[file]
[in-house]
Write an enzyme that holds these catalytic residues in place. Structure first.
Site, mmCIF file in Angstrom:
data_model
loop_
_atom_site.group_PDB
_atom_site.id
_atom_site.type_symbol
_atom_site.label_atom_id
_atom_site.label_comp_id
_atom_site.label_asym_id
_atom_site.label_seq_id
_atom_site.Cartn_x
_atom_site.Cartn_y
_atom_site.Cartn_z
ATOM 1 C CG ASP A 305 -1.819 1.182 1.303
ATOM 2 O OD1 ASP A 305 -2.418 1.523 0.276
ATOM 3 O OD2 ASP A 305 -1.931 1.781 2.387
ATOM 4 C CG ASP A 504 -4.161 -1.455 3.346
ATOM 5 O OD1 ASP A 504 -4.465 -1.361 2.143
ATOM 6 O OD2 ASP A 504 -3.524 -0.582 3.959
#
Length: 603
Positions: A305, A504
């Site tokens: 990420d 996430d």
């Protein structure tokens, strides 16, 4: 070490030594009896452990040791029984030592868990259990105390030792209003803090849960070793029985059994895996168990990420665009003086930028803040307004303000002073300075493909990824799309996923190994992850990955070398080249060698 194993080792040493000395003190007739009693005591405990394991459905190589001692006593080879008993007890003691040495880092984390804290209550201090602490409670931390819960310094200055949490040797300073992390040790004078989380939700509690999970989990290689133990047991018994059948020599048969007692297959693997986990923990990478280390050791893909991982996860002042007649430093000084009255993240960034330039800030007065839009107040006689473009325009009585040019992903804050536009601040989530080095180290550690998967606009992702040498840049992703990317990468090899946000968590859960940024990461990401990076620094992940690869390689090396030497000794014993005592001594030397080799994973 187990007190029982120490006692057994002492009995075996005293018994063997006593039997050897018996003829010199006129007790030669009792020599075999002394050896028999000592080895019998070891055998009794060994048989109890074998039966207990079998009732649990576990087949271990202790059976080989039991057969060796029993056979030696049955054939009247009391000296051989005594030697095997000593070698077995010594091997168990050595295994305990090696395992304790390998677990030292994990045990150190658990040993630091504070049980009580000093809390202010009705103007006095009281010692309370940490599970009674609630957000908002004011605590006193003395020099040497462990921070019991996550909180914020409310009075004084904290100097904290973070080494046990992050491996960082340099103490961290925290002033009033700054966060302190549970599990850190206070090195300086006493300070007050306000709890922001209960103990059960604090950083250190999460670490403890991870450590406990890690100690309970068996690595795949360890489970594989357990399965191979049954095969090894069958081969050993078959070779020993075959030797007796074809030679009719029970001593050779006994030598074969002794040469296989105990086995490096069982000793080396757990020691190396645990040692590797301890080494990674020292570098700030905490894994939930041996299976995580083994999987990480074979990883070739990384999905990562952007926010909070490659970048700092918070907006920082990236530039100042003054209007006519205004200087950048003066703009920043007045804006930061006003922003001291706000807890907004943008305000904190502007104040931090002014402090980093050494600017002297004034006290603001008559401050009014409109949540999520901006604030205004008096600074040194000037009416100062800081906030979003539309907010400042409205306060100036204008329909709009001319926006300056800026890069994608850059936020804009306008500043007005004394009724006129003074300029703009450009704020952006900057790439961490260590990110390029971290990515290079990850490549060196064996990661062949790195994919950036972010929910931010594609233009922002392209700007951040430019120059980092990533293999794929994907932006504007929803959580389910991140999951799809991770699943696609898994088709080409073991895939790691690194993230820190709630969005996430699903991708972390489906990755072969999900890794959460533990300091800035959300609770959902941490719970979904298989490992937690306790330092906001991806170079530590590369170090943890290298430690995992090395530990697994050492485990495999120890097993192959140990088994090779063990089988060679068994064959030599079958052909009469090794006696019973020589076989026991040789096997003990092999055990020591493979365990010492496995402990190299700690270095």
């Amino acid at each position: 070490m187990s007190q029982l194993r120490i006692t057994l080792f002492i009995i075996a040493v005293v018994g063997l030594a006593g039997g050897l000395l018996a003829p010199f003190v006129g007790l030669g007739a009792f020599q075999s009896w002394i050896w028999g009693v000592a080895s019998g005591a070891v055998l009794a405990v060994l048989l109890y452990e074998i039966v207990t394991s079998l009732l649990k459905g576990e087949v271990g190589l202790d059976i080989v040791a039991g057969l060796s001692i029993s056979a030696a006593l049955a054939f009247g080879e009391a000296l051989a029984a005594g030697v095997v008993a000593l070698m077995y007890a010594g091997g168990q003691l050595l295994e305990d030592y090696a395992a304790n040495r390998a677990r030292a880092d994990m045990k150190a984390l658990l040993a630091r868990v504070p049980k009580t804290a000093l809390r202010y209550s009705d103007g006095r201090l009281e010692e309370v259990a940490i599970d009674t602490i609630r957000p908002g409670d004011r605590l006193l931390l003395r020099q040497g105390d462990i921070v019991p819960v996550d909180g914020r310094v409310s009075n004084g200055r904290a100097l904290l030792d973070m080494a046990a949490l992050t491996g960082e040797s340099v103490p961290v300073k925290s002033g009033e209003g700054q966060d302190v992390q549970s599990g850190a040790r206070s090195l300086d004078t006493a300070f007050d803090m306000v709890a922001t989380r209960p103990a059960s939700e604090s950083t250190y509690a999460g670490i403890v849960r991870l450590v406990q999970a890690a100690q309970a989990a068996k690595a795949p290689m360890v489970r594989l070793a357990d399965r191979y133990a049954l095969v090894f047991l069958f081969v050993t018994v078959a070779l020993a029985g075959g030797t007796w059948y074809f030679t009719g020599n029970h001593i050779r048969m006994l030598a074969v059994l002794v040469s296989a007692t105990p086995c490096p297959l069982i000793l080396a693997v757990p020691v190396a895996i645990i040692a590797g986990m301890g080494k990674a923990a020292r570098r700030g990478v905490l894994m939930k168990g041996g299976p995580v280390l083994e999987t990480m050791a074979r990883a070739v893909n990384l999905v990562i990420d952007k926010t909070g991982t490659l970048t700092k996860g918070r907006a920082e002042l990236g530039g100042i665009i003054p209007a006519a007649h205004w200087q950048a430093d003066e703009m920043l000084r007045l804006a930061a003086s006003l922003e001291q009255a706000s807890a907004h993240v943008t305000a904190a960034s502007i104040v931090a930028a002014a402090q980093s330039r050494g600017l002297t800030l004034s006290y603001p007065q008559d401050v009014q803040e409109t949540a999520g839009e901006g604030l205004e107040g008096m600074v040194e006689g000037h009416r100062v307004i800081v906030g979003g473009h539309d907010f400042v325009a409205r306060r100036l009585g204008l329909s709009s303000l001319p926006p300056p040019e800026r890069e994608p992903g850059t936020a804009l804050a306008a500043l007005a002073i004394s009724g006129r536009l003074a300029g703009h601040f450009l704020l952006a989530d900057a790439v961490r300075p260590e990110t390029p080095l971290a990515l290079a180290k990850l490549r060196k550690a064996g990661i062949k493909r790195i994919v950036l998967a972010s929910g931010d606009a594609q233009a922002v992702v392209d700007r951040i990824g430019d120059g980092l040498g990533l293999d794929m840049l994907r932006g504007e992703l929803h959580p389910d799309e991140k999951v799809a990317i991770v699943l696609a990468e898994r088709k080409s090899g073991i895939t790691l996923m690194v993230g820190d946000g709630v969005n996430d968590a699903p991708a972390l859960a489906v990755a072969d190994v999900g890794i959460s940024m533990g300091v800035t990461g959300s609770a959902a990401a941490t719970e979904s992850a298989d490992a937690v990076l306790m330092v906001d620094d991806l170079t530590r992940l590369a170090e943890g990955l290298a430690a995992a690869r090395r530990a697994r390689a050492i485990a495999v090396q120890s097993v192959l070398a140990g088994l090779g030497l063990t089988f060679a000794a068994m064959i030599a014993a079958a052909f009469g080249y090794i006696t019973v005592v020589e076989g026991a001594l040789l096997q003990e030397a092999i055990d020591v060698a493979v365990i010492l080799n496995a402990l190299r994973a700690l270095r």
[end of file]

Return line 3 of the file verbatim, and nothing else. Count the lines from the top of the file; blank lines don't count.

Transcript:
Site, mmCIF file in Angstrom: